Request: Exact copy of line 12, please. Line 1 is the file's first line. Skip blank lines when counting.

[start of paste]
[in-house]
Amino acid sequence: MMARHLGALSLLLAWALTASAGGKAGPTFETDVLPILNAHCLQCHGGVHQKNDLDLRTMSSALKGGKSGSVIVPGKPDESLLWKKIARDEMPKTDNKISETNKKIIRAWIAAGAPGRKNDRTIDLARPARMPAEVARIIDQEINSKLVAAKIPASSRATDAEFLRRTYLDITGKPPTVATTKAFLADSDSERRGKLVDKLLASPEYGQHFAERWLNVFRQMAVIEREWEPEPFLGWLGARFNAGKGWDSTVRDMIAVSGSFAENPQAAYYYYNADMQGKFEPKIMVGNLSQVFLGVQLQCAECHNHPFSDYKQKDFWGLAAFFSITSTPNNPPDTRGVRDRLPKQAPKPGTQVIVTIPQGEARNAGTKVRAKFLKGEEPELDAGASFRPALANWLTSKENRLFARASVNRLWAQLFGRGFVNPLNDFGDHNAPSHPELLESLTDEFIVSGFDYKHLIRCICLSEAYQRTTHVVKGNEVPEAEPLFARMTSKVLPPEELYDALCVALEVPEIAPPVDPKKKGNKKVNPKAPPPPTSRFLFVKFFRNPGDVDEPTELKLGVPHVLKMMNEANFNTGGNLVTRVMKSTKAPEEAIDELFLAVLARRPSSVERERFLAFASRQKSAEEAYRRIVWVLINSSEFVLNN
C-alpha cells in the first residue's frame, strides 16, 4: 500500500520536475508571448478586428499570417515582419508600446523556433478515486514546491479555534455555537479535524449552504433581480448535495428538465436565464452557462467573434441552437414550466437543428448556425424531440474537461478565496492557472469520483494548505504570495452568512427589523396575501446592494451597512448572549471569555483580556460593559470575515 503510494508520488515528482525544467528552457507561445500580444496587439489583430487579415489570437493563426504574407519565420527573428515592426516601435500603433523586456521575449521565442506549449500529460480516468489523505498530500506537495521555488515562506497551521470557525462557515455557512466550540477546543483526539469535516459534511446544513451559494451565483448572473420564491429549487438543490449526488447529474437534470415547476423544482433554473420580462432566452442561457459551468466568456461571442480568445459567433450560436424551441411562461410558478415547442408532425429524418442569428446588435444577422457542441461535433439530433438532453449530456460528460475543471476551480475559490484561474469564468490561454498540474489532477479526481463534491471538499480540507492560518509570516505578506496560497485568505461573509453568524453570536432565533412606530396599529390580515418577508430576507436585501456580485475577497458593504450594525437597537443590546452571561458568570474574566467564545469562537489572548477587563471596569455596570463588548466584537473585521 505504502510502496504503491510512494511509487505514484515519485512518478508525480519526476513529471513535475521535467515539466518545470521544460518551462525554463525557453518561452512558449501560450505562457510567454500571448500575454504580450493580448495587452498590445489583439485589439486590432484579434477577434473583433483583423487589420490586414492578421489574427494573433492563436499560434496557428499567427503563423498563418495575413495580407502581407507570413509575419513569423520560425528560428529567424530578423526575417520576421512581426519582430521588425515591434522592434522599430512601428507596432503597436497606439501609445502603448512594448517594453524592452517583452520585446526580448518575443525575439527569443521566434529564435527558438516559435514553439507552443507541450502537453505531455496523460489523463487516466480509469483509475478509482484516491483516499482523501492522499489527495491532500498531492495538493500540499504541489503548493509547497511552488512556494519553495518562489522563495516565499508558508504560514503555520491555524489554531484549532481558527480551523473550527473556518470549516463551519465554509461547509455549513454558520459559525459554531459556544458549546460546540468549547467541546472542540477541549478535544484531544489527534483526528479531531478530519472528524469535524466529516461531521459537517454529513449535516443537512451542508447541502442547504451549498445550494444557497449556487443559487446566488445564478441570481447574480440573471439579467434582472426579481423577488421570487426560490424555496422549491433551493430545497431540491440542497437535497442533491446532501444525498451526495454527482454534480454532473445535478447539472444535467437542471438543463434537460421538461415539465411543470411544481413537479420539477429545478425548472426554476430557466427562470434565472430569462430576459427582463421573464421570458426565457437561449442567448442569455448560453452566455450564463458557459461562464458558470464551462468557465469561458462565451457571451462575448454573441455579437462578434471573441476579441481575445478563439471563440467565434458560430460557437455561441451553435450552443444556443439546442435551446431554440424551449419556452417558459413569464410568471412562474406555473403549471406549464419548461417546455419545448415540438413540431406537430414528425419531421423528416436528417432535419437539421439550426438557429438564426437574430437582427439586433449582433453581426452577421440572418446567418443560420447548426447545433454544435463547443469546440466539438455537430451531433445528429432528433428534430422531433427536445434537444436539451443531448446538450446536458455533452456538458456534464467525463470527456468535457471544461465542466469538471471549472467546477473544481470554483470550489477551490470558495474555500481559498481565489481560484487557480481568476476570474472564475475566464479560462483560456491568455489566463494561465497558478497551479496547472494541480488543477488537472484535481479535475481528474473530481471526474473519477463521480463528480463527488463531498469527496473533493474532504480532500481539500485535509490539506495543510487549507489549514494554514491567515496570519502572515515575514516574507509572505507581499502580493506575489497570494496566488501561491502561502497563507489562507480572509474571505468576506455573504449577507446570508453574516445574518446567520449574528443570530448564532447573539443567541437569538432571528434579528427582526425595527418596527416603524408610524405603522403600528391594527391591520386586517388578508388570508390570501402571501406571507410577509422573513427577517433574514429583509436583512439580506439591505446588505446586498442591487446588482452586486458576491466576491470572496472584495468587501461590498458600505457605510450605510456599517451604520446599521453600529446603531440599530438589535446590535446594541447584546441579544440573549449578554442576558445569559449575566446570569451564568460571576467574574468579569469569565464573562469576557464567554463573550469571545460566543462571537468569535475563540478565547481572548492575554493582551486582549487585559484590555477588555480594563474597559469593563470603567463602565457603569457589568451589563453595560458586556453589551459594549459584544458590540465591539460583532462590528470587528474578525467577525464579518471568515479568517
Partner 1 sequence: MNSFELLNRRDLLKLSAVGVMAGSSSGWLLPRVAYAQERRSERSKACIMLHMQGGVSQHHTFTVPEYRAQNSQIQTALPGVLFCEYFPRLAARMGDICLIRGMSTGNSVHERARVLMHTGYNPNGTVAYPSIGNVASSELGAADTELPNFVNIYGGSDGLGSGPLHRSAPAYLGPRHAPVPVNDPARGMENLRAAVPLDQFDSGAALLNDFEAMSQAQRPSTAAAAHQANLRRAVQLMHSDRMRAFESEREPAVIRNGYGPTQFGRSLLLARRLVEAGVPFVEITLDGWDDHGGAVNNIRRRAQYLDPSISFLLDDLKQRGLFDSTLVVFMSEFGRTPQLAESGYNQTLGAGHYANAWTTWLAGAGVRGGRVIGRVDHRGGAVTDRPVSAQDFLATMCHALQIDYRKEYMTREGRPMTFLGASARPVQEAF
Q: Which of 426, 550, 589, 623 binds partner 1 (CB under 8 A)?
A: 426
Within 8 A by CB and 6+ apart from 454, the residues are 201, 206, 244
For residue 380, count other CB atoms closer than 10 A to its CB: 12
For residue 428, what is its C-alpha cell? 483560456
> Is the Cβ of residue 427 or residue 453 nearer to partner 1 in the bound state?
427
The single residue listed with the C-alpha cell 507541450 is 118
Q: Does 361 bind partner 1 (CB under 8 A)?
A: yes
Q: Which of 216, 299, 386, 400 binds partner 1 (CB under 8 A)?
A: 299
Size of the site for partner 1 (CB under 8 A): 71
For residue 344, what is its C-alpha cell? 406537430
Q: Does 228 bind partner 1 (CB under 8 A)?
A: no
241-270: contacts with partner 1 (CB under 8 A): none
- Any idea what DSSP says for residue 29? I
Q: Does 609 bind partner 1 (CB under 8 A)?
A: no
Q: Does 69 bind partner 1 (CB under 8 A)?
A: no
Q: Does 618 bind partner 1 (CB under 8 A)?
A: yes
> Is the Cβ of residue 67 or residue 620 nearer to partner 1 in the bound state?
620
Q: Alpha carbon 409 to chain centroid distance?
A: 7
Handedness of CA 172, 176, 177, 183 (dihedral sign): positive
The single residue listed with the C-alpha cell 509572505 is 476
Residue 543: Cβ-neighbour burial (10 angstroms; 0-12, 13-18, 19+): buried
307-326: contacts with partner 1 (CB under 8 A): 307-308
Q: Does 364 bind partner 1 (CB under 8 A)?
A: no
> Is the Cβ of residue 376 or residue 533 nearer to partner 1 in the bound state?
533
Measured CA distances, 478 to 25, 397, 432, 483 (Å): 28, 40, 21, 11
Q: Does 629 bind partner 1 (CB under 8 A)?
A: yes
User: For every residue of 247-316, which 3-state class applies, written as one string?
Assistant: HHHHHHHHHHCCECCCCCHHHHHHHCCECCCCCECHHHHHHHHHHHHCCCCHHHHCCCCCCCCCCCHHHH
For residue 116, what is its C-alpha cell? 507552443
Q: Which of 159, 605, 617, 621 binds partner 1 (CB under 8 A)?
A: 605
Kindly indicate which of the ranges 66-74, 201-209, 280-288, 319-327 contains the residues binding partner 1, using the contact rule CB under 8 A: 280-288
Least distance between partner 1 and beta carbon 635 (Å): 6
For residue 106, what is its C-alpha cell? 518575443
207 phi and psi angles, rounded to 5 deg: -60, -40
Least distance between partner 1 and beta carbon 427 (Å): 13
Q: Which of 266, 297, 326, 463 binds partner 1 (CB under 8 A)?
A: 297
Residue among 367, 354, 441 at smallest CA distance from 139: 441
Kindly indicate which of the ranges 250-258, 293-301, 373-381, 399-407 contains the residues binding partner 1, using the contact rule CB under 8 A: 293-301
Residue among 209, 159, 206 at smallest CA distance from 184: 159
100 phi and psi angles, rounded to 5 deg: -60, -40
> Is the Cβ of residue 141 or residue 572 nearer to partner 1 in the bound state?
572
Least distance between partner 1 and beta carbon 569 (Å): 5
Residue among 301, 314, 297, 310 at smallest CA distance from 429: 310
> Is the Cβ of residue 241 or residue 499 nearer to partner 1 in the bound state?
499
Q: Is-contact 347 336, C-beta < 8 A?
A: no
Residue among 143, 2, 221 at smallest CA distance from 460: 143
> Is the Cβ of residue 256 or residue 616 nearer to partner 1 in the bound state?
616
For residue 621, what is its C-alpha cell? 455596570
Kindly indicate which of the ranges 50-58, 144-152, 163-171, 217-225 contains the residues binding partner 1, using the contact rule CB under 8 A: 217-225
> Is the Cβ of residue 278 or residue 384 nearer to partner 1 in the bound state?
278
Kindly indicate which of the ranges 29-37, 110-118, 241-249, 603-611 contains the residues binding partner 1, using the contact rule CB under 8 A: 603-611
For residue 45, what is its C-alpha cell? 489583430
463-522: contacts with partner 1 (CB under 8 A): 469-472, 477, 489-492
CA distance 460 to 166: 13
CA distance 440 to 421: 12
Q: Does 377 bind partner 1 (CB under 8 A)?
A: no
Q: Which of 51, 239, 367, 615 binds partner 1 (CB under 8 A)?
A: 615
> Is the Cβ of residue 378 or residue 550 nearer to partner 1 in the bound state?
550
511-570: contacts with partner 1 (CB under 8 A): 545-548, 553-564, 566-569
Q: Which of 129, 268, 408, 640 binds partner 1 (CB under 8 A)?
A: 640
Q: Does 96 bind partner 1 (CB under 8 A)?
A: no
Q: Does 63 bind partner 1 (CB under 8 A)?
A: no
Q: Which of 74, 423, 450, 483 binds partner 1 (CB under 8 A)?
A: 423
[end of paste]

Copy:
The single residue listed with the C-alpha cell 507541450 is 118